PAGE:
For a few years, my brother and a few friends decided to ride bareback broncos in local rodeos. He asked me to braid him the rigging he needed. I used twine to make this rope-like piece of rodeo equipment with a doubled section that served as a handhold. This assignment took several days and I think of that each time I read this New Testament passage . . .
The Passover of the Jews was at hand, and Jesus went up to Jerusalem. In the temple he found those who were selling oxen and sheep and pigeons, and the money-changers sitting there. And making a whip of cords, he drove them all out of the temple, with the sheep and oxen. And he poured out the coins of the money-changers and overturned their tables. And he told those who sold the pigeons, “Take these things away; do not make my Father’s house a house of trade.” His disciples remembered that it was written, “Zeal for your house will consume me.” So the Jews said to him, “What sign do you show us for doing these things?” Jesus answered them, “Destroy this temple, and in three days I will raise it up.” The Jews then said, “It has taken forty-six years to build this temple, and will you raise it up in three days?” But he was speaking about the temple of his body. When therefore he was raised from the dead, his disciples remembered that he had said this, and they believed the Scripture and the word that Jesus had spoken. (John 2:13–22)
Jesus was not protesting the sacrificial system but the way the money-changers had moved into the temple. He would later accuse them of making the temple area “a den of robbers” — a direct quote from the Old Testament:
“It is written, ‘My house shall be a house of prayer,’ but you have made it a den of robbers.” (Luke 19:46)“Has this house, which is called by my name, become a den of robbers in your eyes? Behold, I myself have seen it,” declares the Lord. (Jeremiah 7:11)
It seems that Jesus cleansed the temple twice. John puts it near the beginning of His ministry while the other Gospels describe it happening closer to His crucifixion. Either way, these descriptions give the impression that Jesus was angry and acting impulsively. However, I have a good idea how long it takes to braid a whip of cords. This gives me a clue that this was not a furious outburst but moral indignation.
I’ve heard people say their anger is indignation yet this response is not common. It is far more under control than an angry outburst, more like a burden that starts out small and slowly builds. Aside from how it rises, it is also a righteous anger, like the anger describing the wrath of God against sin. There is no selfishness in it, no “you make me mad.”
One example might be the indignation that rises when seeing a stranger abusing a child that is not mine. This is wrong. I also feel it when people pretend to be something they are not for personal gain. This is also wrong.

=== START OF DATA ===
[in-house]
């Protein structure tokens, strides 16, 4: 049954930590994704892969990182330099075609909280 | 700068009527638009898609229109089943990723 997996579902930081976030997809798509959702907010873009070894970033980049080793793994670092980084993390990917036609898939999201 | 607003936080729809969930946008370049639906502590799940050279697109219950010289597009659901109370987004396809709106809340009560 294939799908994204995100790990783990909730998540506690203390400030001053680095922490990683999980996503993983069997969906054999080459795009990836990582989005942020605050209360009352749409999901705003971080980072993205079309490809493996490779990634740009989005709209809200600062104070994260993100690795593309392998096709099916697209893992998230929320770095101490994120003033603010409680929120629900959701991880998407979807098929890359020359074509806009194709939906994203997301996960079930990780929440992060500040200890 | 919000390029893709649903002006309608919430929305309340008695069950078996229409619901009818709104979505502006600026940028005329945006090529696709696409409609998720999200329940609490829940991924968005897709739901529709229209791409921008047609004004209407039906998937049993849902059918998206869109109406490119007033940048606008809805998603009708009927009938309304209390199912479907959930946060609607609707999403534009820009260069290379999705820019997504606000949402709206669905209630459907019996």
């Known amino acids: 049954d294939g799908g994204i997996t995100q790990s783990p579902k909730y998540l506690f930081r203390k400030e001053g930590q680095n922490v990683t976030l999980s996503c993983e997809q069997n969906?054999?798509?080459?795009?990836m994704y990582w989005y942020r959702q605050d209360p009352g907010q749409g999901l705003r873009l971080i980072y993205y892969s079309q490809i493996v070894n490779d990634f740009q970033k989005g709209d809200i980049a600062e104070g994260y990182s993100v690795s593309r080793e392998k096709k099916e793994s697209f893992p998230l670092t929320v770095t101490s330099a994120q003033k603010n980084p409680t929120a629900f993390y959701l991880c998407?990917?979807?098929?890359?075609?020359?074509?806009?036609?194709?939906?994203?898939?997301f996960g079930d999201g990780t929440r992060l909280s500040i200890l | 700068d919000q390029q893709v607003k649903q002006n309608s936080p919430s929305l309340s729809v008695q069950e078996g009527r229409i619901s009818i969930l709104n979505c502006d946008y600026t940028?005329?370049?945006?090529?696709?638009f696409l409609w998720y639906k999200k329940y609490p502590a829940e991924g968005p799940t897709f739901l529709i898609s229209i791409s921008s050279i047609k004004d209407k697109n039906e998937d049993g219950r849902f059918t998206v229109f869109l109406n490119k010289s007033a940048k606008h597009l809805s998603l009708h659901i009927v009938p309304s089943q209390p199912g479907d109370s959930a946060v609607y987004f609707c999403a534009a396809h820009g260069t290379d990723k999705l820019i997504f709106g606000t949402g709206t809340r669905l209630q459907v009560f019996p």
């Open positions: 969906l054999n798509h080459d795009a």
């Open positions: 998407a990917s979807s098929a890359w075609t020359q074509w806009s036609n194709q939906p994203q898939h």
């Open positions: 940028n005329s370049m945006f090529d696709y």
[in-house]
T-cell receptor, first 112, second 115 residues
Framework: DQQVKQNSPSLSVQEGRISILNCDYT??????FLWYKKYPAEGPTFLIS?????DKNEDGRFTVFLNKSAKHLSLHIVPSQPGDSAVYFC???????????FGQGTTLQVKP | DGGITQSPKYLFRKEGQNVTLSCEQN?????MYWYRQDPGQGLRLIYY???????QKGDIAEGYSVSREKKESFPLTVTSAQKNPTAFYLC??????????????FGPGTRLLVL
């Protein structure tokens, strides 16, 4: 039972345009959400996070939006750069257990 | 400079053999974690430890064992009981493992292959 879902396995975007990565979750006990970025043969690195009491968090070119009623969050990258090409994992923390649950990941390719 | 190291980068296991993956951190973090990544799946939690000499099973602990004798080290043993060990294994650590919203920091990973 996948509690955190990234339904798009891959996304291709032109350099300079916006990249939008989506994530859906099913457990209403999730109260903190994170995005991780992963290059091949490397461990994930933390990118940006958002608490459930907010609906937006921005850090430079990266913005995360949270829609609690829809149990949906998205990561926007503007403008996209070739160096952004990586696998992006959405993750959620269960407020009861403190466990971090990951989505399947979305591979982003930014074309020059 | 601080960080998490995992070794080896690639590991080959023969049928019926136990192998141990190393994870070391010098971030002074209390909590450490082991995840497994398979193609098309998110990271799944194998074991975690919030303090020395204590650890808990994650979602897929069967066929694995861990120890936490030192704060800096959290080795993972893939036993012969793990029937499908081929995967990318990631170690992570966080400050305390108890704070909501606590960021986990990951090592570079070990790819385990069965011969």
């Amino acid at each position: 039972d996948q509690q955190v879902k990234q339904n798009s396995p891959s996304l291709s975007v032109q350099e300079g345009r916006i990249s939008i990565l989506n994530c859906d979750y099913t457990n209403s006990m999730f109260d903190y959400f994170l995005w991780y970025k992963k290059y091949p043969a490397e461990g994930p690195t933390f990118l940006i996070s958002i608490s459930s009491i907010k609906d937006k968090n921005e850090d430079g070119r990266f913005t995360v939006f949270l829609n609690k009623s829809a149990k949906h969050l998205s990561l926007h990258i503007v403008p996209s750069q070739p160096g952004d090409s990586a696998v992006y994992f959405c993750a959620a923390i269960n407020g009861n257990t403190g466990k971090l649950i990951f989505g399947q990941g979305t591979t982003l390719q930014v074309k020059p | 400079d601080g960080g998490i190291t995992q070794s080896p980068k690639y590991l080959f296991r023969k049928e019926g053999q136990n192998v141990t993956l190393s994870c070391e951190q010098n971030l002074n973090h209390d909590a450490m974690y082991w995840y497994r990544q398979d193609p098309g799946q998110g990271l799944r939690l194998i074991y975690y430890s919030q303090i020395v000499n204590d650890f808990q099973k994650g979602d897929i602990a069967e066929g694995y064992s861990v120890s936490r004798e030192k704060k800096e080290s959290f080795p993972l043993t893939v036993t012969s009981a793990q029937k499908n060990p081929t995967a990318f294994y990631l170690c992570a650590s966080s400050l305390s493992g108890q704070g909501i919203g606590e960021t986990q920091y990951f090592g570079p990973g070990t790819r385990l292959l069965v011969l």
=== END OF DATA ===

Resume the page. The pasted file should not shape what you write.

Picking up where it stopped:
Jesus became indignant when He saw the money-changers doing their thing. He was zealous for the purity of the temple, but He did not immediately overturn the tables and drive them out. Even with holy zeal driving Him, making a whip does not happen suddenly. He thought about it. He likely prayed for the best response.
If I am angry because someone offended me, making a whip would likely make my anger simmer then boil up into an unreasonable rage. Righteous anger is not like that. It isn’t about me. Instead, it is the response of a righteous person to sin against God and sin against others.
Sometimes I feel this indignation that Jesus felt but more often any anger is more about me than it is about anything else and my response is either blasting off or griping and grumbling. However, being like Jesus requires no griping or blowing my stack but praying and taking the right kind of action. What does that look like? Jesus demonstrates. He stood up for righteousness, not for Himself.
Moral Indignation means being motivated to do something against whatever is causing it, listening to the leading of the Lord. I cannot fly off the handle. I need to remember the braided whip and take my time. That pause is a strong symbol for waiting on the Lord. The zeal for righteousness should stay with me just like the zeal of the Lord continued with Christ. If I rely on Him, He will show me what to do. But if my reaction to something is just me being mad, then He will show me my error and I will need to deal with my own sinful anger.
Jesus, I’m usually not an angry person. Being angry takes a lot of energy and I don’t have much. However, there are times of righteous anger. Grant me discernment to know the difference. You say, “Be angry and do not sin; do not let the sun go down on your anger and give no opportunity to the devil.” (Ephesians 4:26–27) That is a good advice and another way of telling me to take time before acting, to think about what is driving me, and if You say so, braid a whip while I wait for Your instructions.